Top Stories: Study Says Recent Texas Earthquakes Are Man-Made | KERA News

Top Stories: Study Says Recent Texas Earthquakes Are Man-Made

May 18, 2016

The top local stories this morning from KERA News: A new study out from UT Austin and SMU argues humans have been causing earthquakes throughout Texas for almost a century.

The paper, published in the journal Seismological Research Letters, concludes that activities associated with petroleum production likely set off 59 percent of earthquakes across the state between 1975 and 2015. That includes the recent earthquakes in Irving and Dallas.

Another 28 percent were “possibly” triggered by oil and gas activities, and only 13 percent of the quakes were considered natural. The study also stated wastewater disposal from hydraulic fracturing triggered most of the state’s earthquakes since 2008.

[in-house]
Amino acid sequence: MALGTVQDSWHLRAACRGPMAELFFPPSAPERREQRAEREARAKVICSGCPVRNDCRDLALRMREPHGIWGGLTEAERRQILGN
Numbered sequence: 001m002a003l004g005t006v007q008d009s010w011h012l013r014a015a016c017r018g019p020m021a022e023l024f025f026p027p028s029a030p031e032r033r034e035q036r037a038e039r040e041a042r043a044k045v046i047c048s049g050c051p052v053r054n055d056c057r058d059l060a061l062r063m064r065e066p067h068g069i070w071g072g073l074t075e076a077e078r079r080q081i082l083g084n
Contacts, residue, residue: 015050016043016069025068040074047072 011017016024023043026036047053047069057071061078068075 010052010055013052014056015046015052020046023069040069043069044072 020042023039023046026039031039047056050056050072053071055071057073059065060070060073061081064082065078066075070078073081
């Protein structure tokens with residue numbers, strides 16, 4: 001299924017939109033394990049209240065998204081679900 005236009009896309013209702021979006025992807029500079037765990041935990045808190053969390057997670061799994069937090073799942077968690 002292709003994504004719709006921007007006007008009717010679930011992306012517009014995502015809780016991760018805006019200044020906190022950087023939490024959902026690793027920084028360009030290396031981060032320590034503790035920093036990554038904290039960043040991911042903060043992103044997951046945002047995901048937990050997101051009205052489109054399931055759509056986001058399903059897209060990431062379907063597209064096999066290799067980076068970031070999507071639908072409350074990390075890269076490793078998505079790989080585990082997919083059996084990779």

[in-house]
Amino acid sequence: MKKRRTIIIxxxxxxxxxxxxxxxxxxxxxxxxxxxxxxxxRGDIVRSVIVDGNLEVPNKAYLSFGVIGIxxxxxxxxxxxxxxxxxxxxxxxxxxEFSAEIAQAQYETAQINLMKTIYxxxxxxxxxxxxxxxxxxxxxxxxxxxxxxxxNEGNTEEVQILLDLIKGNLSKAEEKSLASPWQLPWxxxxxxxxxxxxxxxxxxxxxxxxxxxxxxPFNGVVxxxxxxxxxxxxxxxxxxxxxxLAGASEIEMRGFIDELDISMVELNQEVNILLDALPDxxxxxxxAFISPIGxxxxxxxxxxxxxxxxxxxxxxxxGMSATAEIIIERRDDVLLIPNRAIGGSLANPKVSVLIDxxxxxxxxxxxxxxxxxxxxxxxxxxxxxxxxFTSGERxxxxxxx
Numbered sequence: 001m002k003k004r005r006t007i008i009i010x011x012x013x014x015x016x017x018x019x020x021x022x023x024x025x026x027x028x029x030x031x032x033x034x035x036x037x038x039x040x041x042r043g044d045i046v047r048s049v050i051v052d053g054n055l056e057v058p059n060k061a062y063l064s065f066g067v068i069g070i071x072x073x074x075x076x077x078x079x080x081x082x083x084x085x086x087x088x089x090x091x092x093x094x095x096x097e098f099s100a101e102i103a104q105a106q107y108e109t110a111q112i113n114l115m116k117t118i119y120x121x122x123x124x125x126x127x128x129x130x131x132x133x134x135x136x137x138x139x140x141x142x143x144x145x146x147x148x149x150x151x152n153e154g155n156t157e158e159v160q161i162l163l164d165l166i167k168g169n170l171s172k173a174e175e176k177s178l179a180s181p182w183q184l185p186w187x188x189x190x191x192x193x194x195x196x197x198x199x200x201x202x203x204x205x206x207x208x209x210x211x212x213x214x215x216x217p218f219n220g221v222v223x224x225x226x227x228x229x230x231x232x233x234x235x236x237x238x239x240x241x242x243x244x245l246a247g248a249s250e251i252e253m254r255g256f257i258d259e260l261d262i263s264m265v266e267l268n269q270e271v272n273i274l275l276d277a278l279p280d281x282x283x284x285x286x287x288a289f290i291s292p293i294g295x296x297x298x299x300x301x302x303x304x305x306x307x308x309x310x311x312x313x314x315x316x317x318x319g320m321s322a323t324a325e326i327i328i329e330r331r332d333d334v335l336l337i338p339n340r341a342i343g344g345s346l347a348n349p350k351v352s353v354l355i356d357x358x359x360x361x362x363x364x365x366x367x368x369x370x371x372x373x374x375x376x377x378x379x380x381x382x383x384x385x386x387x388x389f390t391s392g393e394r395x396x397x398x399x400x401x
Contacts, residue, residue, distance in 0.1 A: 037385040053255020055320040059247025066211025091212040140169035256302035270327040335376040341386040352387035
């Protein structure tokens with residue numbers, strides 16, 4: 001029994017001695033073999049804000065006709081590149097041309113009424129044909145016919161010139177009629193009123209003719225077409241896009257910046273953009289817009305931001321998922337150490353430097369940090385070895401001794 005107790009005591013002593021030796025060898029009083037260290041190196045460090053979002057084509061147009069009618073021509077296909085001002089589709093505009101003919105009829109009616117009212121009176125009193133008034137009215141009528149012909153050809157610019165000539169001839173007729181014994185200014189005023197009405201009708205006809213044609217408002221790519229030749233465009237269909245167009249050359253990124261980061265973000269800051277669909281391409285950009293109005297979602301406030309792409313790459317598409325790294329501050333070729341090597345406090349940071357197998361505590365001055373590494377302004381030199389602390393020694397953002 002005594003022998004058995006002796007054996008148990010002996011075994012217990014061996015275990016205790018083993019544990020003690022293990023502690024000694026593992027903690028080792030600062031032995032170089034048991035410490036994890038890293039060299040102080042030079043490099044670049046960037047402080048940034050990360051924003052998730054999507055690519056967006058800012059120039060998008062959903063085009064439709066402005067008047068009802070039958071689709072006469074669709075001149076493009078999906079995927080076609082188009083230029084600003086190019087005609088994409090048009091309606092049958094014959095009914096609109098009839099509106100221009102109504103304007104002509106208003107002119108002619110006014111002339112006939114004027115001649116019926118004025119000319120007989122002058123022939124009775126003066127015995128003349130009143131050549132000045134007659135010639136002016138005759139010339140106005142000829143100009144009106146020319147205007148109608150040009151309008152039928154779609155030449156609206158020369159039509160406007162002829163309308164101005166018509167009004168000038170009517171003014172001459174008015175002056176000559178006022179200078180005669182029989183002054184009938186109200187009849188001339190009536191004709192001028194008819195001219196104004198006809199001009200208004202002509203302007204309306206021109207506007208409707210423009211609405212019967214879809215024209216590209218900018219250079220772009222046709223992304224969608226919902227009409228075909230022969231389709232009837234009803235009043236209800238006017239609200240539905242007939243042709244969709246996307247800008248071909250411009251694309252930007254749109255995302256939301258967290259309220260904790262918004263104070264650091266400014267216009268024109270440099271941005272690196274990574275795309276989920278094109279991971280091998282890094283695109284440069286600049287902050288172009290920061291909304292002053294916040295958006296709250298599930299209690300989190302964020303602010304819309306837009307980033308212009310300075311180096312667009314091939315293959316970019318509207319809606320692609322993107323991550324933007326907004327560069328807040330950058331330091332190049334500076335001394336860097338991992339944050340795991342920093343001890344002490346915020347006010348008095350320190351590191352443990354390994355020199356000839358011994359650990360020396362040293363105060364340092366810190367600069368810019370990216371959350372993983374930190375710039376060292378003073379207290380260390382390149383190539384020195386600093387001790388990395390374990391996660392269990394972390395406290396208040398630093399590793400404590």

The Texas Railroad Commission, which regulates the oil and gas industry, dismissed the study’s methods as “arbitrary.”

Other stories this morning:

  • Members of the state Senate Finance Committee yesterday promised to tighten up emergency leave rules for state employees. This comes after reports that State Attorney General Ken Paxton and other agency leaders used it to compensate outgoing employees.
  • UT Dallas chemistry professor David McPhail has been working with North Texas art museums on how to best preserve art, using a method known as ion beam mass spectrometry

You can listen to North Texas stories weekdays at 8:22 a.m. and 6:20 p.m. on KERA 90.1 FM.